The subject of this long (much too long) book is important: the People’s Republic of China (PRC) is a fast-rising power and the rest of the world had better take note. China’s challenge to the democratic world is perhaps greater than the Soviet Union’s ever was, because of its economic success. The mixture of autocracy and capitalism is an attractive model to authoritarians and aspiring authoritarians everywhere.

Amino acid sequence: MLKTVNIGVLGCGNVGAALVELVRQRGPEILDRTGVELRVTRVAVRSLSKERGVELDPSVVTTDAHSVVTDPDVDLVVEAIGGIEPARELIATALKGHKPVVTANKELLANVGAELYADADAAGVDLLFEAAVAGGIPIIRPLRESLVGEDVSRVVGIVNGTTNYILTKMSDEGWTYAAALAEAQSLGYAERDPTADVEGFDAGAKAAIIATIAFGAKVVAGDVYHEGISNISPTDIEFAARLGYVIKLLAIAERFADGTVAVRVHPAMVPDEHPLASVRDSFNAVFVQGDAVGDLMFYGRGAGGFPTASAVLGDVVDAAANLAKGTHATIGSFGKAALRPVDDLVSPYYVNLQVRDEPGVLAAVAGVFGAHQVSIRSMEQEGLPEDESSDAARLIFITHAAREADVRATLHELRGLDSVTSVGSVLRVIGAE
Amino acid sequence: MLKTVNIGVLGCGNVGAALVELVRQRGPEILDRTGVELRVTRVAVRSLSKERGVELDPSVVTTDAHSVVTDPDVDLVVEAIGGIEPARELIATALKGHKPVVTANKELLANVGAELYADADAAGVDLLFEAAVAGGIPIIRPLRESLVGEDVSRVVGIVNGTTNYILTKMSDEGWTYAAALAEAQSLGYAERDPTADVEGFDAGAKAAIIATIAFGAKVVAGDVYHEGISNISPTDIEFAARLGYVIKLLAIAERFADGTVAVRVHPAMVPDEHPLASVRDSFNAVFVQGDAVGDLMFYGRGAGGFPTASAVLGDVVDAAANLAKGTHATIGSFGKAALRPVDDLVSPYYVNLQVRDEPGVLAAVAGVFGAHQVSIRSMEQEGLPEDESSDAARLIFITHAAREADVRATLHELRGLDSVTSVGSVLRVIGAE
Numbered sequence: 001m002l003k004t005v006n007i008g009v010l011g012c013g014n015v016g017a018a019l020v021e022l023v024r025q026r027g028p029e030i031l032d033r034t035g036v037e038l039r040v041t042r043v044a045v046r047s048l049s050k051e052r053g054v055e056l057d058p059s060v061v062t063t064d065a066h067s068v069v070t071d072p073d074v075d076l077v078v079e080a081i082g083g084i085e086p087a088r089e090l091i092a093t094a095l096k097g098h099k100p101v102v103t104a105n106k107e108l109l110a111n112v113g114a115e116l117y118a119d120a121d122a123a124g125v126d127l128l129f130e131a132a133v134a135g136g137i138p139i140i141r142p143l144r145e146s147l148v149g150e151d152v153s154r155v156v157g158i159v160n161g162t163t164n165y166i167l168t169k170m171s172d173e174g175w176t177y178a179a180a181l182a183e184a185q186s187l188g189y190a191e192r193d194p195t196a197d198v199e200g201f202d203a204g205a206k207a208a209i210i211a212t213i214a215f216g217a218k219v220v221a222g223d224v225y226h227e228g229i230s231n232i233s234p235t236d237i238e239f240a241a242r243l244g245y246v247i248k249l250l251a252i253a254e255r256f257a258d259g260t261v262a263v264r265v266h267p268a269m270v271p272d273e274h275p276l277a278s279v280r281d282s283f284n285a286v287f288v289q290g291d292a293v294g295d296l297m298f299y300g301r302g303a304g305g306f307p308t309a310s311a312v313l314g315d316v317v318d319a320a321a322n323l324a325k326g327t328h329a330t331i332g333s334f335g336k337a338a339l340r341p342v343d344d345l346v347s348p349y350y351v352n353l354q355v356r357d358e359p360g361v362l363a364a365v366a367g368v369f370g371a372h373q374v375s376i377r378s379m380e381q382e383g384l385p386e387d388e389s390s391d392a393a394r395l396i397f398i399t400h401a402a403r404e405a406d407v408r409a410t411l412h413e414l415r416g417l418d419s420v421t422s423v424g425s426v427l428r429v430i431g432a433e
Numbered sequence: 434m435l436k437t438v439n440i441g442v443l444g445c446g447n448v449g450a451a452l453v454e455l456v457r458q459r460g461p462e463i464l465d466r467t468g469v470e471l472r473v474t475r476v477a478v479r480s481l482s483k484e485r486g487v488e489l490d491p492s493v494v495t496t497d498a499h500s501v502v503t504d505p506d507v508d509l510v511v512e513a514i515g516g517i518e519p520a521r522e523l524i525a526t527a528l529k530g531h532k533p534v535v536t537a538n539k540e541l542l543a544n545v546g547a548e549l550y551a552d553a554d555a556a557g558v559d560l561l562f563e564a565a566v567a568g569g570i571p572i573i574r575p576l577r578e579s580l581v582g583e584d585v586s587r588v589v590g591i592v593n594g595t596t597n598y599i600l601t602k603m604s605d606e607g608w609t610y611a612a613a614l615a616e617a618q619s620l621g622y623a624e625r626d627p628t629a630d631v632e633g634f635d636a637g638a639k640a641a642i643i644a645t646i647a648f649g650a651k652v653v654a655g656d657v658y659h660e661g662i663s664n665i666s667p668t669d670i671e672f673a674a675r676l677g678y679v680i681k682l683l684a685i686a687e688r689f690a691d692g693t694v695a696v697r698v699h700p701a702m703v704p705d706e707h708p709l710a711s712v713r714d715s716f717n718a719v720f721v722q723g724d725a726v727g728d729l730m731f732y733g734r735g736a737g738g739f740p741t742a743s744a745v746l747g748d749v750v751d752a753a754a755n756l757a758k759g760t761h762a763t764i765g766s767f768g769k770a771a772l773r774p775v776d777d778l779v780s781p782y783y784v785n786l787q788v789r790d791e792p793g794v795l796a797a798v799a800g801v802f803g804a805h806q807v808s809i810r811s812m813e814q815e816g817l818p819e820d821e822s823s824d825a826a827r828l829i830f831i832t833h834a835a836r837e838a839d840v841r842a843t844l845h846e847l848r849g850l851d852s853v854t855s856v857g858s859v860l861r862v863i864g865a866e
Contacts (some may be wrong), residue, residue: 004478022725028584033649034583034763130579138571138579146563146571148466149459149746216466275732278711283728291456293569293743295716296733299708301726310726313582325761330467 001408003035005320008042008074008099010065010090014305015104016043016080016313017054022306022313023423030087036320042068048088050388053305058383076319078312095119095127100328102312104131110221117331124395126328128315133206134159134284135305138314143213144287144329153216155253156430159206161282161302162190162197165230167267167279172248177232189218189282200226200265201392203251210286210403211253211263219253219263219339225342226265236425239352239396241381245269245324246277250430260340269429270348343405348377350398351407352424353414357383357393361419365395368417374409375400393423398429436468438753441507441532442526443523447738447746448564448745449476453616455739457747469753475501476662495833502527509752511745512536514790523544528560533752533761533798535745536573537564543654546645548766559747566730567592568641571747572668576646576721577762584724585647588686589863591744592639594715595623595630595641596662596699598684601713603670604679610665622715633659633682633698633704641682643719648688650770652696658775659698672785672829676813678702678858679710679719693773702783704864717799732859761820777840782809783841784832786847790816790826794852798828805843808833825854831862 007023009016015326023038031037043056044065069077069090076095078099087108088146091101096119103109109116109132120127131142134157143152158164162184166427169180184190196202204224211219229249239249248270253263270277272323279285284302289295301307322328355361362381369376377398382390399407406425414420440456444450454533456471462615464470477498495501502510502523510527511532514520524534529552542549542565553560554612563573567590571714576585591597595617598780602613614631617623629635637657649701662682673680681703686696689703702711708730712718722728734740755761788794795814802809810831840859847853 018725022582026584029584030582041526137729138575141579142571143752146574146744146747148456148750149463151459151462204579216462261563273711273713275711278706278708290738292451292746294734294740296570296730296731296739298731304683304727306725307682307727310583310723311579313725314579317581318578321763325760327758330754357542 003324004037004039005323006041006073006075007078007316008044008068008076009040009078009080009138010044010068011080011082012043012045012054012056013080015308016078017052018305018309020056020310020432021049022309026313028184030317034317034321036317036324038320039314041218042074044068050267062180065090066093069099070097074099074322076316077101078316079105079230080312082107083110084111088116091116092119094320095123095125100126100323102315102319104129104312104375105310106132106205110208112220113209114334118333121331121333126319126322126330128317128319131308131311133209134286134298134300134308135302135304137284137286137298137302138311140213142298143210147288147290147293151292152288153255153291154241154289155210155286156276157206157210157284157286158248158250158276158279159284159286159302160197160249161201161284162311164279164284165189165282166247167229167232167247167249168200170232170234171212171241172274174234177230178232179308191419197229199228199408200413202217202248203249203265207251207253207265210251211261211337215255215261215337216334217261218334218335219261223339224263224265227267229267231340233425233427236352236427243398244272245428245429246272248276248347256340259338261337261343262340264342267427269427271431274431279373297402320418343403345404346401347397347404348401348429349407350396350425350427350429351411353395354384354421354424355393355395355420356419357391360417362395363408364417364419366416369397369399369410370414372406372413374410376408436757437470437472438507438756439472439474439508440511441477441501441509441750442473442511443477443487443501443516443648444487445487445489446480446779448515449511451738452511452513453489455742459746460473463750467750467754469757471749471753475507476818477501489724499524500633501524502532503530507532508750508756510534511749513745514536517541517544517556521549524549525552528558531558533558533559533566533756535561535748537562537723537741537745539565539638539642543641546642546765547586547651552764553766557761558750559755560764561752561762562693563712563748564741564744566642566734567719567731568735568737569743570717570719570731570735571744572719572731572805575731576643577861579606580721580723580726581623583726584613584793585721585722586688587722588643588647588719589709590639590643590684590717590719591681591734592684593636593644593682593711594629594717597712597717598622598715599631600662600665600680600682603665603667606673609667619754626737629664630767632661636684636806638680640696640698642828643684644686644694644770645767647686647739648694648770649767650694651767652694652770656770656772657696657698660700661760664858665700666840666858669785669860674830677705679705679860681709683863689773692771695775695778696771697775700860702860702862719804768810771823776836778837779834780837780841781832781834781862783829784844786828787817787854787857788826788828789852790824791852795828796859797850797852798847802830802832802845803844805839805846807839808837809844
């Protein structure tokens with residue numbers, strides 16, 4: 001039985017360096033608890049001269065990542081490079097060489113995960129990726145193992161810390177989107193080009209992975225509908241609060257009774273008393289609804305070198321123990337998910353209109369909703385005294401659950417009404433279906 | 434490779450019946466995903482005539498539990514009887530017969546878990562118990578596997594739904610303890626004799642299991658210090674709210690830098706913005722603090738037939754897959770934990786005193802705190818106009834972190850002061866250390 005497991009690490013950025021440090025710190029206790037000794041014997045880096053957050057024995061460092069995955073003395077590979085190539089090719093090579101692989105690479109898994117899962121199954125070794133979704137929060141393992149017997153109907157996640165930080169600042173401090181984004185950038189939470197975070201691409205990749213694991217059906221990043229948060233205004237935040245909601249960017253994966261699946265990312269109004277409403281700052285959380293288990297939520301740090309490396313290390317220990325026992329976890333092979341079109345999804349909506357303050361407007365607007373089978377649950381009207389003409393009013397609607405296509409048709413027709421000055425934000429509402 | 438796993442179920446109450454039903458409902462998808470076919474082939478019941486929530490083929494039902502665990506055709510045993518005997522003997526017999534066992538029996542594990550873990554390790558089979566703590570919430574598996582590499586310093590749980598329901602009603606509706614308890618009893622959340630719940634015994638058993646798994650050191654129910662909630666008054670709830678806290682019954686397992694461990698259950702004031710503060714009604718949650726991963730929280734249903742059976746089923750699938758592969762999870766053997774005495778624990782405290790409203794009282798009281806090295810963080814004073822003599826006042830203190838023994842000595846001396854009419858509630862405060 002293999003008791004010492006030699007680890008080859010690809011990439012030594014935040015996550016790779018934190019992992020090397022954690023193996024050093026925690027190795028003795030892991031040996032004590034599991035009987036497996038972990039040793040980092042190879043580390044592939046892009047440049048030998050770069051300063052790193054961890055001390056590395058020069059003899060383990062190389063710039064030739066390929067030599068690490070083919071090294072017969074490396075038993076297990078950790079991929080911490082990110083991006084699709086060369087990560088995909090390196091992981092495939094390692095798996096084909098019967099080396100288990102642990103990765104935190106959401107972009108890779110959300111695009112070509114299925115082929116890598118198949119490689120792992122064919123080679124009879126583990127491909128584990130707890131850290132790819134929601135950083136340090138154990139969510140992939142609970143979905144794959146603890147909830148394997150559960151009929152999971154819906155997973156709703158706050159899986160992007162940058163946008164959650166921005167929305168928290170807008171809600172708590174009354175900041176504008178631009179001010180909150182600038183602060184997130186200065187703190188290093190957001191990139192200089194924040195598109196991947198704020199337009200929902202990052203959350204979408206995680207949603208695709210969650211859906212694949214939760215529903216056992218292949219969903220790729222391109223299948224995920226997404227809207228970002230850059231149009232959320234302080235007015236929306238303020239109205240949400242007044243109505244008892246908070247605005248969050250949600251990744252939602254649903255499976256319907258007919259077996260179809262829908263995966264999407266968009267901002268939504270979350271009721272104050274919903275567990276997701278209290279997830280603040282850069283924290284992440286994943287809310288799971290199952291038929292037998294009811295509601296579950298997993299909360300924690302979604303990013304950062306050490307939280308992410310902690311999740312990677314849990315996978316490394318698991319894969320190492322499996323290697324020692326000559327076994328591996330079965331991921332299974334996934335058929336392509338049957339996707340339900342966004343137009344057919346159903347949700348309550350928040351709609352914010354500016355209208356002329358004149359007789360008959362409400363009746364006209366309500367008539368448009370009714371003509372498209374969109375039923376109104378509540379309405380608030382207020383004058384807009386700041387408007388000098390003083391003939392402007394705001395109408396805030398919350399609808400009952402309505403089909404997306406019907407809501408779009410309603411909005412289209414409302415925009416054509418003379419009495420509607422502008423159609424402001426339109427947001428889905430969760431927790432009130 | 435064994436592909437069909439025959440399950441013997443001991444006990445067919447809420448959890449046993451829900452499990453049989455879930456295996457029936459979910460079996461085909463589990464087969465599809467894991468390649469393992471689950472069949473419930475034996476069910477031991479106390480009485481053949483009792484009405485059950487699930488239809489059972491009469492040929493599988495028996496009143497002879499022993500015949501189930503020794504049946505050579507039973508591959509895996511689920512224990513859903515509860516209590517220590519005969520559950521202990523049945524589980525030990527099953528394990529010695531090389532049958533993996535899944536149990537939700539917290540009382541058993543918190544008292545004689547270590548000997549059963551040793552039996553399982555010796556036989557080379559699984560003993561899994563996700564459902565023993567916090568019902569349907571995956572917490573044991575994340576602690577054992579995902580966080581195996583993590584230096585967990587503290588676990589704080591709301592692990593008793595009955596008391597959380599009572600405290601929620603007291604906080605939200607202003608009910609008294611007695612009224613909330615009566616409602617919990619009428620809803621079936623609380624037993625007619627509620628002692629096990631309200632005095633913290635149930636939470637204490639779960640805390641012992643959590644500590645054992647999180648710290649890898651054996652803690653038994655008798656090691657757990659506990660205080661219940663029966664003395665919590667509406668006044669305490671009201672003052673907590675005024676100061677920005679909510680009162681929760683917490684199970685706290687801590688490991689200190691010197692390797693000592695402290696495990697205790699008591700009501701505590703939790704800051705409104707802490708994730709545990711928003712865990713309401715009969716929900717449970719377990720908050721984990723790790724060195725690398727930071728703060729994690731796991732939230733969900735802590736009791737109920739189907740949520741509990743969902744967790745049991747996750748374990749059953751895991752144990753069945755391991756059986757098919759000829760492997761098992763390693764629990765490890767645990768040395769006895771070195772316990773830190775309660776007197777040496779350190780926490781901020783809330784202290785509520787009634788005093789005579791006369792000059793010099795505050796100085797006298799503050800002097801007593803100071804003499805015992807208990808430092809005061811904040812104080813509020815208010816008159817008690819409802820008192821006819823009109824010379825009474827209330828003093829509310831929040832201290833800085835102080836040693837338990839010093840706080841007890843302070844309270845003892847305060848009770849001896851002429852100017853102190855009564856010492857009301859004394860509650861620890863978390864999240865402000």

Martin Jacques, however, is not concerned with politics. Culture, history, tradition, roots, race, “China’s genetic structure”, are what interest him. He believes that a future clash between “the West” (a concept he does not define) and China will be a cultural one. The Chinese, he writes, have always regarded their civilisation as superior, and the rest of the world as barbarians. To be Chinese, he explains, is to belong to a superior race. This means China’s world leadership will result in a “cultural and racial reordering of the world in the Chinese image”. Apart from the fact that “race” is a relatively modern concept, I’m not sure what this would mean. That the African lingua franca will be Chinese? That foreign diplomats will have to offer tributary gifts to the Communist party secretary in Beijing? The main point seems to be that western norms will no longer be regarded as universal. But if we leave politics out of this, the significance remains obscure.